Sites failing to abide by the above rules will be excluded from future evaluation participation and their registrations will not be accepted until they are committed to fully participate.

7 Evaluation protocol

All evaluation activities will be conducted over a NIST maintained web-interface to facilitate information exchange between evaluation participants and the organizers.

7.1 Setting up an evaluation account

Participants must sign up for an evaluation account, which will allow them to perform various activities such as registering for the evaluation, signing the data license agreement, and uploading submissions. To sign up for an evaluation account, follow the instructions at:

After the evaluation account is confirmed, the participant will be asked to join a site (or create one if it does not exist). The participant is also asked to associate their site to a team or to create a team if one does not exist. This allows multiple members to perform activities on behalf of their site and/or team (e.g., make a submission). Clarifying the distinction between participants, sites, and teams:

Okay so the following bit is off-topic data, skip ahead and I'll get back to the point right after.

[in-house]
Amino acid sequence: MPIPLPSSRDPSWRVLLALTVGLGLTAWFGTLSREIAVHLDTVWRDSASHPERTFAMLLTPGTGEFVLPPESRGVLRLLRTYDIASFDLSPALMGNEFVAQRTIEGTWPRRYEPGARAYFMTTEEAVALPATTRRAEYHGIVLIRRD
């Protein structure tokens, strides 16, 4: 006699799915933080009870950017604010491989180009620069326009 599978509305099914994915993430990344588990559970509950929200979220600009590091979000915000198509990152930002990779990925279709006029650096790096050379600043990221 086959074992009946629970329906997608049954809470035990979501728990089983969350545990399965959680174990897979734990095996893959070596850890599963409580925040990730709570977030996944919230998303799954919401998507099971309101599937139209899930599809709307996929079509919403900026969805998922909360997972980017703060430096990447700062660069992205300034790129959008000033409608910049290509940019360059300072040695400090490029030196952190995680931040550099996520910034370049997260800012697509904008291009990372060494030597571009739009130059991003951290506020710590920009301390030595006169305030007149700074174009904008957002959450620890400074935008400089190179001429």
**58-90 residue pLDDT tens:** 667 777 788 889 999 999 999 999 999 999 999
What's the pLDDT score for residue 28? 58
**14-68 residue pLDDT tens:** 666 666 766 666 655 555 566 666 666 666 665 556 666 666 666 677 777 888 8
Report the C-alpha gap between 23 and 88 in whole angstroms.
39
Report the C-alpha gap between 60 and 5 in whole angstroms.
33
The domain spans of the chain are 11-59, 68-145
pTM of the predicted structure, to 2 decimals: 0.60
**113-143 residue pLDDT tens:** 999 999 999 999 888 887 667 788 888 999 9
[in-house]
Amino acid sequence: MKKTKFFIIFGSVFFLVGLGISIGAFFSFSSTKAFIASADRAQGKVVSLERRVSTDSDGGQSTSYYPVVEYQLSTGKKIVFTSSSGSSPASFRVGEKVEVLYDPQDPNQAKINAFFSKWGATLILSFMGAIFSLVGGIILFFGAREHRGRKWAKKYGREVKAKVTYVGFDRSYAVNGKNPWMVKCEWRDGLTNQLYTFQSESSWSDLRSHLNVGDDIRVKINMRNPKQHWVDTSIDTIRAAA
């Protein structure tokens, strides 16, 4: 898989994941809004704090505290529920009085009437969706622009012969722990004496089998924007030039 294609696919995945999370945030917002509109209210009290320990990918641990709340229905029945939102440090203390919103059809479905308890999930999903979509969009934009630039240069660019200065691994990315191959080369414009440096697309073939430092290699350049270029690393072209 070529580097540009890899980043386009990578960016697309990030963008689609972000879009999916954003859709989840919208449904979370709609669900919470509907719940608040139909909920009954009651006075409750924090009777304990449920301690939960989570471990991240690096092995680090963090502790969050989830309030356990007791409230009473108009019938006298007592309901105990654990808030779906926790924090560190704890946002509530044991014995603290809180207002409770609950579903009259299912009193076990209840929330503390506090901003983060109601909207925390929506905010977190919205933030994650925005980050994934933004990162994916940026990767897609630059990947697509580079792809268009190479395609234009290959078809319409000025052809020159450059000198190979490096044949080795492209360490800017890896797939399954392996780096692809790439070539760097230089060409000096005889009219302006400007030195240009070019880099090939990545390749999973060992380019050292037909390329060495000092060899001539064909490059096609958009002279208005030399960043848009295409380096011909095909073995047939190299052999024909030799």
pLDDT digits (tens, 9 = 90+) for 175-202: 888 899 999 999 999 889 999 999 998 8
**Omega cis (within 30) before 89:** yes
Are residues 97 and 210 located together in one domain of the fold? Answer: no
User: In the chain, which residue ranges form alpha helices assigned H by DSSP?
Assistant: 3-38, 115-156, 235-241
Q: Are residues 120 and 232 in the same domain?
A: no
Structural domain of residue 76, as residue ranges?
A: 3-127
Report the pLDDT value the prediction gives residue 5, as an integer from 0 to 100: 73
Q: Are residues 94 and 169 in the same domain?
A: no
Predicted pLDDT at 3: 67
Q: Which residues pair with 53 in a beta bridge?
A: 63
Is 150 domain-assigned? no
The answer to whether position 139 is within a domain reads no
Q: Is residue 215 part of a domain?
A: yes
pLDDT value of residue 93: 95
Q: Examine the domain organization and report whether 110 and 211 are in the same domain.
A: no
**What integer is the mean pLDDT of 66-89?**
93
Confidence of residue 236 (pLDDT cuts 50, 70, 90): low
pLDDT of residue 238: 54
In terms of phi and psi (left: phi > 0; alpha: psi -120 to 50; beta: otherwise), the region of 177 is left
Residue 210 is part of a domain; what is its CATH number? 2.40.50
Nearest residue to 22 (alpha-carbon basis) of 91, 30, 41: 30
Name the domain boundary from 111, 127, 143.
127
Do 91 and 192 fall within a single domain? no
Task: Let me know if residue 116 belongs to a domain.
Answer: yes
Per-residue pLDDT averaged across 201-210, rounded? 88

• site – a single organization (e.g., NIST)

  • team – a group of organizations collaborating on a task (e.g., Team1 consisting of NIST and LDC)

  • participant – a member or representative of a site who takes part in the evaluation (e.g., John Doe)

7.2 Evaluation registration

One participant from a site must formally register his site to participate in the evaluation by agreeing to the terms of participation; see Section 6.

7.3 Data license agreement

One participant from each site must sign and upload the LDC data license agreement. After the license agreement is confirmed by LDC, LDC will provide instructions for accessing the development and evaluation data.

7.4 Results submission

All system outputs must be submitted via the evaluation dashboard. Additional instructions will be posted on the website when the evaluation server opens.

8 Workshop